First Sunday of Advent (C)

Today we begin a new liturgical year.  Advent focuses our attention, in hopeful expectation, for the coming of Christ.  Advent reminds us that right from the very beginning, right after the Fall of Adam and Eve, there was the promise of a Redeemer who would save us from sin and death.

Throughout the Old Testament, the People of God waited and longed for the coming of the One Who would save them.  The People of God waited for thousands of years for the fulfillment of their hope.  Every Prophet predicted His coming; every event in the Old Testament points to the deliverance that Jesus Christ would bring.  In the fullness of time, over two thousand years ago, the Second Person of the Trinity fulfilled all those promises.  Advent reminds us of that wait for redemption experienced by all the Patriarchs and Prophets and all of God’s chosen people.

Advent is also a time that calls to our minds the fact that we await Jesus’ return in glory.  Jesus promised that He would come again, and we wait in joyful hope for His Second Coming.  We were not made to live on this earth forever.  We were all made to be with God forever.  This life is a time of testing in which we work out our salvation with fear and trembling, as Saint Paul says.  We do not know when the end of time will be; none of us even knows when we will be called home, and so we all must live our lives in such a way that we are prepared to meet Our Lord.  Jesus told many parables about the importance of watching and being prepared for when the Master comes.

In today’s Gospel, Jesus tells us: “Beware that your hearts do not become drowsy . . . from the anxieties of daily life . . . be vigilant at all times and pray.”  It is easy to let the “anxieties of daily life” distract us from the things that are truly important, especially around the holiday seasons.  I have heard people say that they just cannot wait for the holidays to be over.  If that is the attitude that we have, perhaps we should re-evaluate the way that we celebrate the holidays.  Christmas isn’t meant to be a burden; it is meant to be a celebration.  This season of Advent is not about running around and rushing and getting everything done before Christmas.  It is meant to be a season in which we prepare our hearts to celebrate the fact that our God became a man like us in all things except for sin; He was born for us that we might be set free from slavery to sin and death.  Jesus Christ came to set us free and help us gain access to Heaven and to Our Heavenly Father.  And we celebrate that by making ourselves slaves to Christmas shopping?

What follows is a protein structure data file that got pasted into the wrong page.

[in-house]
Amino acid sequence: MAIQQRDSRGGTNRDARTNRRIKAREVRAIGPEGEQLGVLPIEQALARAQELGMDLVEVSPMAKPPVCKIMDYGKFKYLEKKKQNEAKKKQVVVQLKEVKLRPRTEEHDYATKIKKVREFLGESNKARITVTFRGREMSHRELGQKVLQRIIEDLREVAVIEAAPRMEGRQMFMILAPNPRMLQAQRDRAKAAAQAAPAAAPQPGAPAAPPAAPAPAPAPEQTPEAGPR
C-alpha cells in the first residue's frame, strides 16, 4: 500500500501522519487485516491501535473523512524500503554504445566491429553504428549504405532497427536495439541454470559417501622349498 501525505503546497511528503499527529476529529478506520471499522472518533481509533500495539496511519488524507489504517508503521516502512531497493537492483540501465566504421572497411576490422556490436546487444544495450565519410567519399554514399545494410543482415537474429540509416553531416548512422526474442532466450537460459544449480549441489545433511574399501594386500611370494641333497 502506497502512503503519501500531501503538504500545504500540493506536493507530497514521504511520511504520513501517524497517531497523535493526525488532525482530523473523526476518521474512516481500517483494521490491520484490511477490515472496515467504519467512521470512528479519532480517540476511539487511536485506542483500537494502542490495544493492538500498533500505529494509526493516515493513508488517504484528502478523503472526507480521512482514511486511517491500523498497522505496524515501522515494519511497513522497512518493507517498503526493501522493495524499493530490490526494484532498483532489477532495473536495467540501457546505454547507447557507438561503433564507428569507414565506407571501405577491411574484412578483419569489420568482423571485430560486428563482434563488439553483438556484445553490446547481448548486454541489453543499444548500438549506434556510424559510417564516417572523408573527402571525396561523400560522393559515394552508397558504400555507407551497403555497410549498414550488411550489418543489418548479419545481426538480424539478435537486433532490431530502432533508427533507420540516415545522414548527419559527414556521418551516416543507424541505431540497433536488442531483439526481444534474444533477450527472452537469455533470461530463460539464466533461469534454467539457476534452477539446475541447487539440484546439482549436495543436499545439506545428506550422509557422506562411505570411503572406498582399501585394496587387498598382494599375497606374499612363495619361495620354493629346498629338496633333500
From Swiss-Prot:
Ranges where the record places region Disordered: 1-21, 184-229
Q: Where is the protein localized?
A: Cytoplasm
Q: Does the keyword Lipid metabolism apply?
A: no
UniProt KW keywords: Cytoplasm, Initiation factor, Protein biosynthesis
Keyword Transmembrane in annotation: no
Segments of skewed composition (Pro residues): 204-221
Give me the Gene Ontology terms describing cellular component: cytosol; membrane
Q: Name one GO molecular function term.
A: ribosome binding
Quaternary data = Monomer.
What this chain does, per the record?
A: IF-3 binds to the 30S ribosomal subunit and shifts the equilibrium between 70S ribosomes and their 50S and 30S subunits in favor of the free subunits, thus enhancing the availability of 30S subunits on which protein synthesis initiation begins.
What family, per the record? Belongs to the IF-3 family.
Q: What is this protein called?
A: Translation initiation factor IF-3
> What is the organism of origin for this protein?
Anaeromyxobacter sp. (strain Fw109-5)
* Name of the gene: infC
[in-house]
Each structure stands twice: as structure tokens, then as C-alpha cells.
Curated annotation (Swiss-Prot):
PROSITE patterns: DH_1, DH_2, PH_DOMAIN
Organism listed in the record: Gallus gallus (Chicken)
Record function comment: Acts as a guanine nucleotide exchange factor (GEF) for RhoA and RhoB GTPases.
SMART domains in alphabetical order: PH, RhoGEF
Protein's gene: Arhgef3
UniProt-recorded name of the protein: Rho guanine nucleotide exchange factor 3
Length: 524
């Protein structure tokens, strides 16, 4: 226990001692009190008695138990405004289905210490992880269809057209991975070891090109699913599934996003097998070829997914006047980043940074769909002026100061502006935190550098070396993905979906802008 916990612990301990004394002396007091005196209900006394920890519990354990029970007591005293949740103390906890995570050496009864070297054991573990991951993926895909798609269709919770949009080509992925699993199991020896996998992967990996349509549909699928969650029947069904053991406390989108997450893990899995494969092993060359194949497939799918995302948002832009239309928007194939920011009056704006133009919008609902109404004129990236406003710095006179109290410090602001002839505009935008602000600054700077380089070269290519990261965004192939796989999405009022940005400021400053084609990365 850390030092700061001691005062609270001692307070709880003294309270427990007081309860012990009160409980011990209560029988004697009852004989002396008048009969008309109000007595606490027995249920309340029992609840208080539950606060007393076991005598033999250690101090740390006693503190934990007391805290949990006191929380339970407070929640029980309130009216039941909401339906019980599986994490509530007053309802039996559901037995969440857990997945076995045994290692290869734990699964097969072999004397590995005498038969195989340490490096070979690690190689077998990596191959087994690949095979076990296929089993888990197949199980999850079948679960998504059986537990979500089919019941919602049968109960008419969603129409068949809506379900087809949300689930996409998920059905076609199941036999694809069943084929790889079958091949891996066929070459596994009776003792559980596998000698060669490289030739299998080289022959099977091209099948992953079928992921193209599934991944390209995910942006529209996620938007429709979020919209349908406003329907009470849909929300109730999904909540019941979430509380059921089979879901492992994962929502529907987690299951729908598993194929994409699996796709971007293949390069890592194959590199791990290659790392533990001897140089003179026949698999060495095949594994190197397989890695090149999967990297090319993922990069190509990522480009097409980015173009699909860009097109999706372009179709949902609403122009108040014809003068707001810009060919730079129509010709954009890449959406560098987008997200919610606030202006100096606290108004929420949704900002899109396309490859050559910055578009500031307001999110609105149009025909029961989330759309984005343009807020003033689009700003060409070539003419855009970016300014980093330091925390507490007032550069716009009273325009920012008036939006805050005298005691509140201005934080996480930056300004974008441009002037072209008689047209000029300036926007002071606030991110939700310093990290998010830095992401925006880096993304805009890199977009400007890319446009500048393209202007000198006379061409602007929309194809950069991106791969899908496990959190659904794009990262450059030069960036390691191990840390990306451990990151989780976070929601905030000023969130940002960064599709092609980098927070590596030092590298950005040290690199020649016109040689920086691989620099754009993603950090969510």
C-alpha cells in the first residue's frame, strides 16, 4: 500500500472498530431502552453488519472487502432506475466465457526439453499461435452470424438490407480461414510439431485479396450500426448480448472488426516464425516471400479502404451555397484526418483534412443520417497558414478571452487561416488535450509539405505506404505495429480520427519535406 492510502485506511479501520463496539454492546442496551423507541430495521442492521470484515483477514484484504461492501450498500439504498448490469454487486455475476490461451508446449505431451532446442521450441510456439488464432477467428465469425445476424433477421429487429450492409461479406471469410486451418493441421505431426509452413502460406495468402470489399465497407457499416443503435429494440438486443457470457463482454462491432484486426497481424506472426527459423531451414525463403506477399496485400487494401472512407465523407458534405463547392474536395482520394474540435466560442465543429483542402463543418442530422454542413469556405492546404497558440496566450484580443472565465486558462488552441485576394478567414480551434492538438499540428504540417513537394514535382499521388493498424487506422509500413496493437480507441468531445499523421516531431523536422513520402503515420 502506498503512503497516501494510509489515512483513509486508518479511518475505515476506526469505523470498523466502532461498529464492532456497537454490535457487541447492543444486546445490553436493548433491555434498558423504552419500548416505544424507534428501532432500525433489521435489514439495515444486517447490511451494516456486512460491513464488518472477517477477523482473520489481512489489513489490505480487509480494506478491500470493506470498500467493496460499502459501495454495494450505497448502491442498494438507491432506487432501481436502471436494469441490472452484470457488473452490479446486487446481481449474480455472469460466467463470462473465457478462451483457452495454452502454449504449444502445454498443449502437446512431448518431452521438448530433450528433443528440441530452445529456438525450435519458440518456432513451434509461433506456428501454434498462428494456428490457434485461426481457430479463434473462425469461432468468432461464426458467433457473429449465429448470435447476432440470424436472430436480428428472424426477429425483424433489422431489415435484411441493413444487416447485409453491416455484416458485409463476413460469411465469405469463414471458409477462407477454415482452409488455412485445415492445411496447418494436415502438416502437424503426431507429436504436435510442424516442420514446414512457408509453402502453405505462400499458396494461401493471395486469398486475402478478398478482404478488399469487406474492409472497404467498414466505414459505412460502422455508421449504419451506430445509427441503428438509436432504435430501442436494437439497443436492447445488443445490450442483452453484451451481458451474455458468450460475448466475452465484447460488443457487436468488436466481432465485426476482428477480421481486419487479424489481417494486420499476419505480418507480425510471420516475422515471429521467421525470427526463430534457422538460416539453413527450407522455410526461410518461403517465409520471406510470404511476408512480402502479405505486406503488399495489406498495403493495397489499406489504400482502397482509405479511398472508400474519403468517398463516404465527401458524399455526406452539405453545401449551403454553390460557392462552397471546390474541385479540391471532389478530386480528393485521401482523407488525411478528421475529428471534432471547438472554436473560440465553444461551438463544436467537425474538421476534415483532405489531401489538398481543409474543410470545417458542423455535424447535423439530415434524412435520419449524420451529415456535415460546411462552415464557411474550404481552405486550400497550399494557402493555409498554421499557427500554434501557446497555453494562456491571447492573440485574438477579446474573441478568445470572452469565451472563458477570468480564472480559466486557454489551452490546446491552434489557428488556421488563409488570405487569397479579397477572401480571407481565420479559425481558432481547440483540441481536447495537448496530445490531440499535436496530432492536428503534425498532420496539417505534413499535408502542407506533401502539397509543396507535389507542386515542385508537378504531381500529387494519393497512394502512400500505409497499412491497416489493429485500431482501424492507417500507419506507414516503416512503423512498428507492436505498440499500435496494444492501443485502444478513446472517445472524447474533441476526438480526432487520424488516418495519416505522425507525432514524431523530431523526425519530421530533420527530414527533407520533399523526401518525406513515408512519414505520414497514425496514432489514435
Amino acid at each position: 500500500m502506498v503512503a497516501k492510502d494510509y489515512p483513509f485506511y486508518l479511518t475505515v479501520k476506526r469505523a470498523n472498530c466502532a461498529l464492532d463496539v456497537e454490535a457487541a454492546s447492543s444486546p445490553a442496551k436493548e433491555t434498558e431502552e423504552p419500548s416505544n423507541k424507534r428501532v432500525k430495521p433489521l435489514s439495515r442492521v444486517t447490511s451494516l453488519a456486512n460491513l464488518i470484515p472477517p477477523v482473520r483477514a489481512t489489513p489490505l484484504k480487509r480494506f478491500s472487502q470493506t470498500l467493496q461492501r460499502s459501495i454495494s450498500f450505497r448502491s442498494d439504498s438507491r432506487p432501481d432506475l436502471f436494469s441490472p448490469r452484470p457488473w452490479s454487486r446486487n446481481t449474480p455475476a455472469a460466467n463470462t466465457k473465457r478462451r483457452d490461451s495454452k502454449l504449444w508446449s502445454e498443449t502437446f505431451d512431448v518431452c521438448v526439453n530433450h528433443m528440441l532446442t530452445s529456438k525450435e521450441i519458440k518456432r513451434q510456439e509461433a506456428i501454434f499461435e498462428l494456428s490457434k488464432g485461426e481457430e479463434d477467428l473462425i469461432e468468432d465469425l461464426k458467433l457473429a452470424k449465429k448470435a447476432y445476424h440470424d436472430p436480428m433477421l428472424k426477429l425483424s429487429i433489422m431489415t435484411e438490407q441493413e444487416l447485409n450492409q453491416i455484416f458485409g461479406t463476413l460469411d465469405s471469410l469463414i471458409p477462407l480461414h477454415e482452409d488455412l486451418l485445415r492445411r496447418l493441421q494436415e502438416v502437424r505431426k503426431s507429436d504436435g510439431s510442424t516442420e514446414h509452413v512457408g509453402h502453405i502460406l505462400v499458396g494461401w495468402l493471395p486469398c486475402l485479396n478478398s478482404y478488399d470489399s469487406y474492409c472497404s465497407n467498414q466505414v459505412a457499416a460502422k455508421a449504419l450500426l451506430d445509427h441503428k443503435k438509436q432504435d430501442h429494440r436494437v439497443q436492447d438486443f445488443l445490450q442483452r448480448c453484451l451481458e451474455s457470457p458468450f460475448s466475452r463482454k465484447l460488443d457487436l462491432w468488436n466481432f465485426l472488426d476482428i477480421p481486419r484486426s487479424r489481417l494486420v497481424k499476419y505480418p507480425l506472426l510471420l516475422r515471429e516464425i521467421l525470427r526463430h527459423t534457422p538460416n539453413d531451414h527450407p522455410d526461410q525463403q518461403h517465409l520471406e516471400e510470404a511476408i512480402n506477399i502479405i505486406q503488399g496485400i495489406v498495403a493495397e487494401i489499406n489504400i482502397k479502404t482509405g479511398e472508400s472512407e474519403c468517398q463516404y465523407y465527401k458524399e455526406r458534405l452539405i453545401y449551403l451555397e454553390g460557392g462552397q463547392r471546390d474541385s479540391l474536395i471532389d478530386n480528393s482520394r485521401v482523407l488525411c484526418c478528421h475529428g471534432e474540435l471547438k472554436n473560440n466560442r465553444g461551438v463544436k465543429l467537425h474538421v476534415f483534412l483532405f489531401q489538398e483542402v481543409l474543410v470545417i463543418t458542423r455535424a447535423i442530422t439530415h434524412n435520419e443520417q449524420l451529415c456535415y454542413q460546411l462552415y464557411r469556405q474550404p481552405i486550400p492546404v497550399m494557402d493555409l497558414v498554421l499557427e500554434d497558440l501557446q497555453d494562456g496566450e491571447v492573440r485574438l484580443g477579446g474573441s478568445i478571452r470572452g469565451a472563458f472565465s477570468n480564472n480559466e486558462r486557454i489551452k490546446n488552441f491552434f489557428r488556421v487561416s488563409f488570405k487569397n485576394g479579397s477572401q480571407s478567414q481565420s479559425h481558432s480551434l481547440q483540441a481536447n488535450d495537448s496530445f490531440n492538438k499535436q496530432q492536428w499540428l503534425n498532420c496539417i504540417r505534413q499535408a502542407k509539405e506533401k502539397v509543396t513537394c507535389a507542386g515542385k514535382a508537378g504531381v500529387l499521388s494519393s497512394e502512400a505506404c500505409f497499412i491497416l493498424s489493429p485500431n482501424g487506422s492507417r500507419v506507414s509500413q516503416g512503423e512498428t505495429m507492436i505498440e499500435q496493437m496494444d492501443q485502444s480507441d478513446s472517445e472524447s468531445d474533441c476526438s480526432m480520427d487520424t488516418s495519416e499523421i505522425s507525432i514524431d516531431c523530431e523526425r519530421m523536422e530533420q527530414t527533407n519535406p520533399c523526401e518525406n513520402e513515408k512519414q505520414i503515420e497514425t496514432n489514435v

Advent is a time to examine our hearts and root out everything that keeps us from being prepared to meet Jesus Christ, when He comes again.  Christians in the early Church longed for His Second Coming and they often prayed: “Come Lord Jesus!”  Do we make that prayer our own?  Do we look forward to Jesus’ Second Coming with joyful hope?  Or have we become so comfortable in this world that we have forgotten that our true homeland is Heaven?  Jesus taught us that wherever our hearts are, there also will our treasure be.  This life is short and this world is passing away.  Woe to us if our only treasure is in this world.

When Jesus Christ was born all those centuries ago, He came as our Savior.  When He comes again, He will come to judge the living and the dead, as we profess in the Creed.  We need to make sure that our hearts are prepared to welcome Him.  If we detach ourselves from sin, we will have no fear of the Just Judge.  If we live for this world alone, we will likely have a difficult time praying: “Come Lord Jesus!”

Let us make use of this Advent Season to prepare our hearts for the Coming of Christ.  Let us ask Our Lord to help us to have a proper focus on the things that are truly important: the things that are eternal.

Lord Jesus, send your Holy Spirit upon us to enlighten our minds and to inflame our hearts with love for You.  May we use this Season as a time to focus ourselves; may these days of Advent bring our families and all of us closer to You.  May we long for Your coming with joyful hope.  Lord Jesus, come in glory!  Amen.